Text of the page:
Uncle of North Korean leader Kim Jong-un executed for being ‘despicable human scum’
Jang Song-thaek was a mentor to the young North Korean dictator until he was publicly purged last week.
The once-powerful uncle of North Korean leader Kim Jong-un has been executed for treason after being branded "despicable human scum", according to the state news agency.
Jang Song-thaek was a mentor to the young North Korean dictator and one of the regime's most influential figures until he was publicly purged last week.
Pictures emerged of the 67-year-old Mr Jang being dragged out of his seat by police at a government meeting and official North Korean photographs were quickly doctored to remove all traces of him.
The Korean Central News Agency (KCNA) announced the execution of the man it described as "a traitor to the nation for all ages".
"Despicable human scum Jang, who was worse than a dog, perpetrated thrice-cursed acts of treachery in betrayal of such profound trust and warmest paternal love shown by the party and the leader for him," the agency said.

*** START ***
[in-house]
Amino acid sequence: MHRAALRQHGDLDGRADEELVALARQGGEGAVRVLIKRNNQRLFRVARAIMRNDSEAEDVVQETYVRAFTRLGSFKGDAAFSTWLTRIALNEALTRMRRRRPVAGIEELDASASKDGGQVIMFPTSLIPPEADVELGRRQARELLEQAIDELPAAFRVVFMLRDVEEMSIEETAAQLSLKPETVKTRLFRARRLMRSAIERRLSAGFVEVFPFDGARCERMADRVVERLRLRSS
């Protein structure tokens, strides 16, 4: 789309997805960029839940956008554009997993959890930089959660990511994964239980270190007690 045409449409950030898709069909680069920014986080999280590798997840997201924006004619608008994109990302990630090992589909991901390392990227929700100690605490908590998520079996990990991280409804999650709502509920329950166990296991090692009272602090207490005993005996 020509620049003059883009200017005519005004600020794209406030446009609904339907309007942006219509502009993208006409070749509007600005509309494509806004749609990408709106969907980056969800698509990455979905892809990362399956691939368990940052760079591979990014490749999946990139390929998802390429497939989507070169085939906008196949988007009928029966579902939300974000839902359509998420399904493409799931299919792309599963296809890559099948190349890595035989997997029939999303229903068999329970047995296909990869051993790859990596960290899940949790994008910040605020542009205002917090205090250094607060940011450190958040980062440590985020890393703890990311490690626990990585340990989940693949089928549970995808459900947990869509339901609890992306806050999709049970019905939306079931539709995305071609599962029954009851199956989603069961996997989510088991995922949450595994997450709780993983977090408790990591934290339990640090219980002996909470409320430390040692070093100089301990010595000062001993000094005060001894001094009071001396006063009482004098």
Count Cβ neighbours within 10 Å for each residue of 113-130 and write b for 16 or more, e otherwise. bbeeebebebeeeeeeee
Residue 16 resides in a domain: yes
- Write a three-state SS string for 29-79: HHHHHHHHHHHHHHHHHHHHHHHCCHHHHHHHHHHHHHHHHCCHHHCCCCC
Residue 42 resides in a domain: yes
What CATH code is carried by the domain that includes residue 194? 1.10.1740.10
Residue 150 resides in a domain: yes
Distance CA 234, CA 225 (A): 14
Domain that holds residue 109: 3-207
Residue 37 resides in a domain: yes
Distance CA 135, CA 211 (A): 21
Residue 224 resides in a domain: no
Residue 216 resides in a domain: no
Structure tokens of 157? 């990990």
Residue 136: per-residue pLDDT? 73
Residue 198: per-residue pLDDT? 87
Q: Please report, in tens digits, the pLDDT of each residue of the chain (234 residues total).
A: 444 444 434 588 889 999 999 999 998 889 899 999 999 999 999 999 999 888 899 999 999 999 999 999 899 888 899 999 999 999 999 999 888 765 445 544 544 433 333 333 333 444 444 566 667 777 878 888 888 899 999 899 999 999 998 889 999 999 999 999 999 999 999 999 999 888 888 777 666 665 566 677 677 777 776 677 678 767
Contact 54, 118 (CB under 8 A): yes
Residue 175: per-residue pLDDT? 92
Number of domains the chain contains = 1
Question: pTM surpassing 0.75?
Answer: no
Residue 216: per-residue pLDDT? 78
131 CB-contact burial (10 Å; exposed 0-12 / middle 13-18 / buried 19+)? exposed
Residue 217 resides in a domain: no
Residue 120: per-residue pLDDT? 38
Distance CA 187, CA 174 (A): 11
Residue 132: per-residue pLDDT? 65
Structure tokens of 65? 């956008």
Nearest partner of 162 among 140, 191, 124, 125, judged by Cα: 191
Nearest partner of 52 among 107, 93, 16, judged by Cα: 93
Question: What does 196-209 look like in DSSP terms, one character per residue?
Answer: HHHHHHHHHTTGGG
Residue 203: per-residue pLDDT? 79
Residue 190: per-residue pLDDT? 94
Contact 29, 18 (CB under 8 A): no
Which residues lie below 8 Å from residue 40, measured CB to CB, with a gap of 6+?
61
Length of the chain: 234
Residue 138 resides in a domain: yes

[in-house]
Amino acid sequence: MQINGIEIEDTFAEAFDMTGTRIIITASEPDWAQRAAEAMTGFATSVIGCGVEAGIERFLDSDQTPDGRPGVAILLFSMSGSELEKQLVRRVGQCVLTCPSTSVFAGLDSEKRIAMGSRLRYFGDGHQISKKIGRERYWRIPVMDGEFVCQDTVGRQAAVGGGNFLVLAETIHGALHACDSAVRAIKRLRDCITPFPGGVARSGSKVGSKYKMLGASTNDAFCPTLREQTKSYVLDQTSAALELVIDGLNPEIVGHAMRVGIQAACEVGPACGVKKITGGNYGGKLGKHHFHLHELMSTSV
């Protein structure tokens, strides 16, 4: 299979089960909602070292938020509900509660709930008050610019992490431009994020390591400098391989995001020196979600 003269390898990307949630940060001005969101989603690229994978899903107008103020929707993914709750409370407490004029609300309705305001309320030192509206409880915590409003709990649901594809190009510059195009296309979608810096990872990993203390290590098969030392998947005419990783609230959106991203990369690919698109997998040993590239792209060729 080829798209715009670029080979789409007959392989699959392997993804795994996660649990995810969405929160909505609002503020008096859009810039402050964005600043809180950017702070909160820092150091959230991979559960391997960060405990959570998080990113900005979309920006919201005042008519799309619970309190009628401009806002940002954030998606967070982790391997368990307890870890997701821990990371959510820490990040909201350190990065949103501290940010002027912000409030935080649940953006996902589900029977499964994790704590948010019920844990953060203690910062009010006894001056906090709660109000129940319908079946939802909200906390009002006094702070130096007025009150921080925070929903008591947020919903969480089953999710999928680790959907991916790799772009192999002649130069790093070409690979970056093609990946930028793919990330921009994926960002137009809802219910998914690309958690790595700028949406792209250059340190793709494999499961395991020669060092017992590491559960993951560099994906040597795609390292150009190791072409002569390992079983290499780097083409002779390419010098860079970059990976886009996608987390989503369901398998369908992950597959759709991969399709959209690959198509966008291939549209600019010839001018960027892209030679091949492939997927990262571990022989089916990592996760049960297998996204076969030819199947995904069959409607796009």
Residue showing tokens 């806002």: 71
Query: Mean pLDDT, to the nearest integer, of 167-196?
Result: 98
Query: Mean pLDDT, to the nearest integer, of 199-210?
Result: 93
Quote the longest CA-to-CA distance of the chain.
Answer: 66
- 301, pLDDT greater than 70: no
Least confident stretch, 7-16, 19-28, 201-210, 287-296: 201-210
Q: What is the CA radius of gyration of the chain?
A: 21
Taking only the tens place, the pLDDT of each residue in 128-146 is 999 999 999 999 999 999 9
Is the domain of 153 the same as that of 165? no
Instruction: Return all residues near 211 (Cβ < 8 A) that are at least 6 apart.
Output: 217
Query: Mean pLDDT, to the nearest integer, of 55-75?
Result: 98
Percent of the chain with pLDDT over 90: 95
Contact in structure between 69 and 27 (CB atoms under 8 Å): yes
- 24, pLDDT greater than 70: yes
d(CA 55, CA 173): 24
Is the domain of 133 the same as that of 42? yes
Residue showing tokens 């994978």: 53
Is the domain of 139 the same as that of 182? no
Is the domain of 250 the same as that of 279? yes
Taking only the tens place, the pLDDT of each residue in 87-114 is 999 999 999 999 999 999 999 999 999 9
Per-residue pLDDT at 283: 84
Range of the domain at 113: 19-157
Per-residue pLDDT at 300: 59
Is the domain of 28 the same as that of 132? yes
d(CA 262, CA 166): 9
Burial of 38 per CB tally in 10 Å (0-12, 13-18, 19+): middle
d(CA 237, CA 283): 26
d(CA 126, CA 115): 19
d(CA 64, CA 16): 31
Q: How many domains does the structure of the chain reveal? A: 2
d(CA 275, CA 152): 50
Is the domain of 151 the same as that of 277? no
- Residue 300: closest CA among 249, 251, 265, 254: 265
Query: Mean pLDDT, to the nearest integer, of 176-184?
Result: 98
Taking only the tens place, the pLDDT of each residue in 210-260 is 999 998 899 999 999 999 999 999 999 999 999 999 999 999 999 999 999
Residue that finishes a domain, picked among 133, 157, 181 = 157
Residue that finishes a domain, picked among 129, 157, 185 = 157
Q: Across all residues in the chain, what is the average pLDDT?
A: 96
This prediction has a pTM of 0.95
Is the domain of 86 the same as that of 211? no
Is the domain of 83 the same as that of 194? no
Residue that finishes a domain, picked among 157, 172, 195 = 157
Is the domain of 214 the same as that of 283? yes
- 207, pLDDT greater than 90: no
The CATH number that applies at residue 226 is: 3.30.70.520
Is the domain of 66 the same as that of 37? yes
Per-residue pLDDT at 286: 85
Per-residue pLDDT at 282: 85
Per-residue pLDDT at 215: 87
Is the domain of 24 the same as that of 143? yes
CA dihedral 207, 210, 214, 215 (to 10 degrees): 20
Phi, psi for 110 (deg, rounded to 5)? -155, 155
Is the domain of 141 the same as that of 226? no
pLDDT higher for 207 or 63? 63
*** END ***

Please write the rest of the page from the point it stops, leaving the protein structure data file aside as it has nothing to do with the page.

Mr Jang is the most high-profile figure to be cut down in what appears to be an ongoing purge by a resurgent military faction in Pyongyang. Two of his closest aides were executed earlier this week, according to the South Korean intelligence services.
Mr Jang was once considered a possible supreme leader of North Korea, who could hold power until the youthful Mr Kim came of age. Although he was passed over, he played a vital role in guiding the young leader's transition to power following the death of Kim Jong-il in December 2011.
He was rewarded with the post of vice-chairman of the powerful National Defence Commission, giving him major influence within both the party and the military.
His downfall is believed to have been orchestrated by rivals within the army but it is unclear whether Mr Kim supported his execution or had it forced upon him by senior military figures.
The KCNA report released on Friday morning accused him of being "an anti-party, counter-revolutionary" and nursing "a long-cherished greed for power".
In typically dramatic language, the official state organ said he attempted to "overthrow the state by all sorts of intrigues and despicable methods with a wild ambition to grab the supreme power of our party and state".
His purging has sent ripples of alarm through the region, where neighbouring countries have long feared that the hermit nation's regime could collapse into chaos.
China, North Korea's main benefactor, urged the country to "maintain national stability" following the news that Mr Jang, who seen as an ally of Beijing, had been purged.